DragonFly BSD
DragonFly users List (threaded) for 2006-01
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Re: copying pkgsrc tree around jails on beefy machine - fast on 2nd iteration, a bit slower than first on 3rd iteration

From: Matthew Dillon <dillon@xxxxxxxxxxxxxxxxxxxx>
Date: Thu, 5 Jan 2006 18:51:36 -0800 (PST)

:thanks for that info.
:btw, how's the address space split beetween on dragonfly?
:On linux/x86 is kernel 1GB, app: 3GB
:on windows/x86 is kernel 2GB, apps: 2GB, supposadly tunnable, but I
:couldn't get the 1:3 split I needed on win2k nor winXP.
:I don't know how's that on BSD systems...

    3G for apps, 1G for the kernel.  Cached VM pages do not have to be
    mapped into the kernel, so the kernel can still cache > 1GB of memory.
    But all kernel memory data structures do have to mapped to kernel
    memory, as well as the PCI bus address space (which itself can eat a
    lot of memory especially if you have a video card with lots of video

    The problem that all PC operating systems face is that available kernel
    memory is fixed so kernel data structure limits do not scale with
    actual physical memory past a certain point.  The tradeoff
    can be adjusted with a kernel build option.

:Just has a reminder, kernel and apps don't share virtual address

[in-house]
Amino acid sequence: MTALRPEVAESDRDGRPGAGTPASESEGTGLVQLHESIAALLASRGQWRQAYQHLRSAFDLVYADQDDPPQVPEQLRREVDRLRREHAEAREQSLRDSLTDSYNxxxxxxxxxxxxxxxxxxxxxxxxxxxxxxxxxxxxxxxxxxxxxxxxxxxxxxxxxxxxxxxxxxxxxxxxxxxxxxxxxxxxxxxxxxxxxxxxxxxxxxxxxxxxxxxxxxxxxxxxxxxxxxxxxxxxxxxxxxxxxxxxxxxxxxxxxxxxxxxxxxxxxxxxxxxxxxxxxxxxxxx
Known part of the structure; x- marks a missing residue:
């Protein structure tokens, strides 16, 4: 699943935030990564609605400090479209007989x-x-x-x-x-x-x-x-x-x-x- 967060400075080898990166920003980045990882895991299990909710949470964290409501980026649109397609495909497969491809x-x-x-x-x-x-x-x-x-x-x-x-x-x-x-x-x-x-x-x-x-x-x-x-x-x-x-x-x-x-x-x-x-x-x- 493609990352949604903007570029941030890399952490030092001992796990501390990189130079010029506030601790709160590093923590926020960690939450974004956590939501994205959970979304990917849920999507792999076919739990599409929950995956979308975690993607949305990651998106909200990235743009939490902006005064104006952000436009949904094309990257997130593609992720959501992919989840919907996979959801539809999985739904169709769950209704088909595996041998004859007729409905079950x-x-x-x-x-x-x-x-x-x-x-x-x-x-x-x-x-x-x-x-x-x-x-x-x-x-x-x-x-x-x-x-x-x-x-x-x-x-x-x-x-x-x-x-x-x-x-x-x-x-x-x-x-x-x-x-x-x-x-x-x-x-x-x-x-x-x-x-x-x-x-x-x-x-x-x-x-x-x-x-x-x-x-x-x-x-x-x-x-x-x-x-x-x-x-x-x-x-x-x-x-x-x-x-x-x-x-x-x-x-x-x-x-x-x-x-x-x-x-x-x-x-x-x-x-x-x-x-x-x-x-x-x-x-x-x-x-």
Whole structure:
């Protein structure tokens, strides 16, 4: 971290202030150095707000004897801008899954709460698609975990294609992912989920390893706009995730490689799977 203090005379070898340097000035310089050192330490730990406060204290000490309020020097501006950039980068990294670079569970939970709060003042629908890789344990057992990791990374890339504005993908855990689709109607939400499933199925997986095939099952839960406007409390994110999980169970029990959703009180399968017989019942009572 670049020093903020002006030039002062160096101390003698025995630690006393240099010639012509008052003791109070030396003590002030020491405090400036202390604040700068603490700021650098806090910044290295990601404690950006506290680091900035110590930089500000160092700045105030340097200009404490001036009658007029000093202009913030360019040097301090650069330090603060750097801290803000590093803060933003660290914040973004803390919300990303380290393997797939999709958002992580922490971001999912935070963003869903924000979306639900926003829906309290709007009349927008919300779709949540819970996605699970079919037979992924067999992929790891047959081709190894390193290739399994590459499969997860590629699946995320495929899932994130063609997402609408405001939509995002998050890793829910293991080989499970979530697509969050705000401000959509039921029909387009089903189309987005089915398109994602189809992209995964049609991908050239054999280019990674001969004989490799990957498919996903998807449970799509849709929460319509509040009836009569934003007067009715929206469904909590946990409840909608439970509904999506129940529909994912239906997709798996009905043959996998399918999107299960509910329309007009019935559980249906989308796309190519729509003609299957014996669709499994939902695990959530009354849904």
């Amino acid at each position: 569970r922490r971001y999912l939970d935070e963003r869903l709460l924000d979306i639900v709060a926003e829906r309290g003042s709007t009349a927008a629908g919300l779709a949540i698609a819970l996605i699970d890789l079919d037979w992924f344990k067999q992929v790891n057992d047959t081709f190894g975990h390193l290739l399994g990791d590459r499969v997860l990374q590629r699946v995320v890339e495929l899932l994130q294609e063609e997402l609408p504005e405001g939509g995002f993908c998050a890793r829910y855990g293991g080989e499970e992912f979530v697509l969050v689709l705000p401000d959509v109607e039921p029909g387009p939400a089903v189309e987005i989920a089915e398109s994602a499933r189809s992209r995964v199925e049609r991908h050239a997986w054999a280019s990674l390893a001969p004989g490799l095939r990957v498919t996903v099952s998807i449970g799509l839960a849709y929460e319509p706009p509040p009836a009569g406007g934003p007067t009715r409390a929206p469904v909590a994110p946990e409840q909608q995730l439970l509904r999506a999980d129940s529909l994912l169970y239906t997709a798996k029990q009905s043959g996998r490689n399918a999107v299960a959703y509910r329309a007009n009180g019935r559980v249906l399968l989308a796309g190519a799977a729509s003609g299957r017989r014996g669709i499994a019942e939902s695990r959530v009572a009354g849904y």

:space, but they somehow have this split because of performance issues
:with flushing the TLB on every kernel call, I think where are also
:some problems with some drivers memory mappings, PCI and DMA mappings
:also, am I by any chance correct?
:Miguel Sousa Filipe

    Almost right.  The kernel and app(s) *DO* share the same virtual
    address space (hence the 3G/1G split).  It is simply that the app(s)
    are not allowed to access the kernel address space because the kernel
    pages are marked supervisor-only.  Each application has its own virtual
    address space but the high 1GB is mapped to the (same) kernel memory.
    This involves fairly minimal work.

    The jist of all of this is that the top 1GB is always kernel memory
    no matter what is running.

    This allows the app to enter into the kernel and for the kernel to
    return to the app without having to change the MMU base pointer, thus
    avoiding TLB flushes.  A TLB flush occurs whenever the MMU base pointer
    is changed.

    It *IS* possible to separate the address spaces using the processor
    TSS, which is basically a hardware-supported 'context', but the
    performance penalties are horrendous which is why nobody uses it
    for anything other then emulation of older PC's (e.g. 8086, 80826).

    Intel originally conceived of the TSS as a means of switching between
    'tasks', but it was at a time when processors where much slower and
    the microcode overhead of the TSS support was no worse then doing it
    with normal instructions.  These days processors are much faster and
    heavily optimized to execute normal instructions, and anything that
    runs microcode introduces huge performance penalties.
					Matthew Dillon 

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